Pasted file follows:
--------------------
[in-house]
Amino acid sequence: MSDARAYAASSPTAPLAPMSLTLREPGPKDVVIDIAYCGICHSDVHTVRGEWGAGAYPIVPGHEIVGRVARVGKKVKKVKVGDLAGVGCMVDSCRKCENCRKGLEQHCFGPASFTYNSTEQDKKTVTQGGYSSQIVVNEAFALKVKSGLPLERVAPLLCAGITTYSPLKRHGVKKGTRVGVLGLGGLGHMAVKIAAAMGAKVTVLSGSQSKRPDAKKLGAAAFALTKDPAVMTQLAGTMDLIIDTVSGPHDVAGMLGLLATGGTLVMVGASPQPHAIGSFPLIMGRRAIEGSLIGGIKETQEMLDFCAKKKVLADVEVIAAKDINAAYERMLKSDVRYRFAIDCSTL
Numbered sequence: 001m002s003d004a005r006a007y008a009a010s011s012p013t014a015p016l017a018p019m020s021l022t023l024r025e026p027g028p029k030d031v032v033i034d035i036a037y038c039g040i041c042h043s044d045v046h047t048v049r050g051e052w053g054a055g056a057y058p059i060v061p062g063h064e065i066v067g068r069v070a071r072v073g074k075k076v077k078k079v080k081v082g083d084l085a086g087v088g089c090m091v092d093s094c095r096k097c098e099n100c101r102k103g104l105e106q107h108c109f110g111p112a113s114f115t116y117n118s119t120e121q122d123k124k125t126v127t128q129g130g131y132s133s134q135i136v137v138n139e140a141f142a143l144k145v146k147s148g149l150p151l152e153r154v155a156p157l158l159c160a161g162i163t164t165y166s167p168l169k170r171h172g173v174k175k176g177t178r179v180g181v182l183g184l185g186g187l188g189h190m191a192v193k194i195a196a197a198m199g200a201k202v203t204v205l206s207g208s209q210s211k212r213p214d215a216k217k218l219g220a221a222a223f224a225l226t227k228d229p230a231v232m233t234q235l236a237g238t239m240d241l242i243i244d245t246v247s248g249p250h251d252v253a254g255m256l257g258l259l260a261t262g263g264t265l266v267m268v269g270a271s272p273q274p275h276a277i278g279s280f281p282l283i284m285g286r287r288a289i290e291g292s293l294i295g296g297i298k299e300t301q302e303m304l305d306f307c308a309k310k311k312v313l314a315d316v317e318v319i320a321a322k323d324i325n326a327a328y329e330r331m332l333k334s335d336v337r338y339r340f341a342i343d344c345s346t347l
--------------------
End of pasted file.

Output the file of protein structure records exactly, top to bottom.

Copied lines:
[in-house]
Amino acid sequence: MSDARAYAASSPTAPLAPMSLTLREPGPKDVVIDIAYCGICHSDVHTVRGEWGAGAYPIVPGHEIVGRVARVGKKVKKVKVGDLAGVGCMVDSCRKCENCRKGLEQHCFGPASFTYNSTEQDKKTVTQGGYSSQIVVNEAFALKVKSGLPLERVAPLLCAGITTYSPLKRHGVKKGTRVGVLGLGGLGHMAVKIAAAMGAKVTVLSGSQSKRPDAKKLGAAAFALTKDPAVMTQLAGTMDLIIDTVSGPHDVAGMLGLLATGGTLVMVGASPQPHAIGSFPLIMGRRAIEGSLIGGIKETQEMLDFCAKKKVLADVEVIAAKDINAAYERMLKSDVRYRFAIDCSTL
Numbered sequence: 001m002s003d004a005r006a007y008a009a010s011s012p013t014a015p016l017a018p019m020s021l022t023l024r025e026p027g028p029k030d031v032v033i034d035i036a037y038c039g040i041c042h043s044d045v046h047t048v049r050g051e052w053g054a055g056a057y058p059i060v061p062g063h064e065i066v067g068r069v070a071r072v073g074k075k076v077k078k079v080k081v082g083d084l085a086g087v088g089c090m091v092d093s094c095r096k097c098e099n100c101r102k103g104l105e106q107h108c109f110g111p112a113s114f115t116y117n118s119t120e121q122d123k124k125t126v127t128q129g130g131y132s133s134q135i136v137v138n139e140a141f142a143l144k145v146k147s148g149l150p151l152e153r154v155a156p157l158l159c160a161g162i163t164t165y166s167p168l169k170r171h172g173v174k175k176g177t178r179v180g181v182l183g184l185g186g187l188g189h190m191a192v193k194i195a196a197a198m199g200a201k202v203t204v205l206s207g208s209q210s211k212r213p214d215a216k217k218l219g220a221a222a223f224a225l226t227k228d229p230a231v232m233t234q235l236a237g238t239m240d241l242i243i244d245t246v247s248g249p250h251d252v253a254g255m256l257g258l259l260a261t262g263g264t265l266v267m268v269g270a271s272p273q274p275h276a277i278g279s280f281p282l283i284m285g286r287r288a289i290e291g292s293l294i295g296g297i298k299e300t301q302e303m304l305d306f307c308a309k310k311k312v313l314a315d316v317e318v319i320a321a322k323d324i325n326a327a328y329e330r331m332l333k334s335d336v337r338y339r340f341a342i343d344c345s346t347l